Tuesday, June 23, 2009

"Aha" Moments Caught on "Tape"

An excellent article in the Wall Street Journal by Robert Lee Hotz reports on research that has "caught on tape" the moment of insight that comes to us in a daydreaming state of mind. “…EEG recordings revealed a distinctive flash of gamma waves emanating from the brain’s right hemisphere…..one-third of a second before a volunteer experienced their conscious moment of insight,” writes Hotz.

What’s more, the moment of insight was associated with a change in alpha brain waves in the visual cortex, which also jibes with what researchers know about the daydreaming state. The brain enters an alpha wave state while daydreaming, which is a more relaxed state of mind, and when daydreaming we can envision things, in other words, we can see with the mind’s eye. According to the researchers, these calming changes brought to us via our daydreaming state of mind helps to “quiet the noise” so that we can experience the answer or connection.

What’s weird, according to the researchers, is that the moment of insight seems to happen before we’re even consciously aware of it. That’s why the answer seems to come out of nowhere, but actually, we’re accessing stores of knowledge, memory, and experience unavailable to us when we’re focusing/struggling/concentrating. And thus—the supreme value of the daydreaming state of mind.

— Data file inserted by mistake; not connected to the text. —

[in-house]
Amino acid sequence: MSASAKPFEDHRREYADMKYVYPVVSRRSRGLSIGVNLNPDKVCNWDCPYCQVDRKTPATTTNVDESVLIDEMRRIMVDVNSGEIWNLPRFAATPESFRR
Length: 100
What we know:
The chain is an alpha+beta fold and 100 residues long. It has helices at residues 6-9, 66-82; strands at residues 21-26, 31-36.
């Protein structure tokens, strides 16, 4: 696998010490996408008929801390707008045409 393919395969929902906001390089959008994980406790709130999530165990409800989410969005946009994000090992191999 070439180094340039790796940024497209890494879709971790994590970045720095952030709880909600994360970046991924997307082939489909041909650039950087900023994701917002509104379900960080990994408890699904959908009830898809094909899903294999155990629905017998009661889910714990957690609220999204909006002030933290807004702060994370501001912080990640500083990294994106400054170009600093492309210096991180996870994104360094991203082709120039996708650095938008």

We owe a great debt to psychologists who started the research on daydreaming but it appears that the neuroscientists are taking us to the next level when it comes to understanding the mechanics of daydreams.

What's your experience with "aha" moments?


  1. Sometimes an "aha" moment is like a sneeze that gets stuck. You can feel an idea is there, but you can't really get it. I always think if you can't remember something you should stop thinking about it. I definitely believe the theory that it is better to walk away, sleep on it, and return the next day. Sometimes while driving in the car I'll blurt out something totally random. The train of thought occurs in my head but I'm not even aware of it. The thought appears as if from no where.

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  3. My aha moments are usually in the shower. It does seem to come out of nowhere. I usually have soap in my hair and want to write it down and can't get to it.